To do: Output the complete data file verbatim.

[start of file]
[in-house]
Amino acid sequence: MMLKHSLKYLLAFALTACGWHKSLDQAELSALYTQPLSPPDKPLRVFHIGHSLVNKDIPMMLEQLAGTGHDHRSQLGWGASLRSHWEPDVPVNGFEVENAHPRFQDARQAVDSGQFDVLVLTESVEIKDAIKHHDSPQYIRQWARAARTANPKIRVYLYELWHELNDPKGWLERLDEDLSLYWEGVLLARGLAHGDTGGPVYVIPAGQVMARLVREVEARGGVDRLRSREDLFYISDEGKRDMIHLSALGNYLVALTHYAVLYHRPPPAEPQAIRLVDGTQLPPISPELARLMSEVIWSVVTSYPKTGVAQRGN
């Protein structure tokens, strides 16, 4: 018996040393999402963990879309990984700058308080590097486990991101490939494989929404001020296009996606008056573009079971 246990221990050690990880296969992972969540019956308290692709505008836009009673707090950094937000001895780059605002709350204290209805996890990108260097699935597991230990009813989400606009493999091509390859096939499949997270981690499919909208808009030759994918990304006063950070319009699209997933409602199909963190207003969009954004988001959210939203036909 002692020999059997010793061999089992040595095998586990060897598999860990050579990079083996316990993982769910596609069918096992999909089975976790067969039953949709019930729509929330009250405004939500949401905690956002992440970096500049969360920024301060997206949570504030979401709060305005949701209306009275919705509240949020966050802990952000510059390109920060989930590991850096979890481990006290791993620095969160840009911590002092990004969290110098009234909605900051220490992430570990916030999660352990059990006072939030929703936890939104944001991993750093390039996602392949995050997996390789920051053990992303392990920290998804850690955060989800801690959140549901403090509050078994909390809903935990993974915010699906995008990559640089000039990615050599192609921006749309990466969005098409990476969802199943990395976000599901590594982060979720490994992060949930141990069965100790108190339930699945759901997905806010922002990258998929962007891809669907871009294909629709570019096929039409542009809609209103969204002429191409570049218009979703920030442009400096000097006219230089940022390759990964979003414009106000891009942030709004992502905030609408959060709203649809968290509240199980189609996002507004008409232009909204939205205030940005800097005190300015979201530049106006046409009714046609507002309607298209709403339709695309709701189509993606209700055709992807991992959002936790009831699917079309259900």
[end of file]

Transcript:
[in-house]
Amino acid sequence: MMLKHSLKYLLAFALTACGWHKSLDQAELSALYTQPLSPPDKPLRVFHIGHSLVNKDIPMMLEQLAGTGHDHRSQLGWGASLRSHWEPDVPVNGFEVENAHPRFQDARQAVDSGQFDVLVLTESVEIKDAIKHHDSPQYIRQWARAARTANPKIRVYLYELWHELNDPKGWLERLDEDLSLYWEGVLLARGLAHGDTGGPVYVIPAGQVMARLVREVEARGGVDRLRSREDLFYISDEGKRDMIHLSALGNYLVALTHYAVLYHRPPPAEPQAIRLVDGTQLPPISPELARLMSEVIWSVVTSYPKTGVAQRGN
């Protein structure tokens, strides 16, 4: 018996040393999402963990879309990984700058308080590097486990991101490939494989929404001020296009996606008056573009079971 246990221990050690990880296969992972969540019956308290692709505008836009009673707090950094937000001895780059605002709350204290209805996890990108260097699935597991230990009813989400606009493999091509390859096939499949997270981690499919909208808009030759994918990304006063950070319009699209997933409602199909963190207003969009954004988001959210939203036909 002692020999059997010793061999089992040595095998586990060897598999860990050579990079083996316990993982769910596609069918096992999909089975976790067969039953949709019930729509929330009250405004939500949401905690956002992440970096500049969360920024301060997206949570504030979401709060305005949701209306009275919705509240949020966050802990952000510059390109920060989930590991850096979890481990006290791993620095969160840009911590002092990004969290110098009234909605900051220490992430570990916030999660352990059990006072939030929703936890939104944001991993750093390039996602392949995050997996390789920051053990992303392990920290998804850690955060989800801690959140549901403090509050078994909390809903935990993974915010699906995008990559640089000039990615050599192609921006749309990466969005098409990476969802199943990395976000599901590594982060979720490994992060949930141990069965100790108190339930699945759901997905806010922002990258998929962007891809669907871009294909629709570019096929039409542009809609209103969204002429191409570049218009979703920030442009400096000097006219230089940022390759990964979003414009106000891009942030709004992502905030609408959060709203649809968290509240199980189609996002507004008409232009909204939205205030940005800097005190300015979201530049106006046409009714046609507002309607298209709403339709695309709701189509993606209700055709992807991992959002936790009831699917079309259900």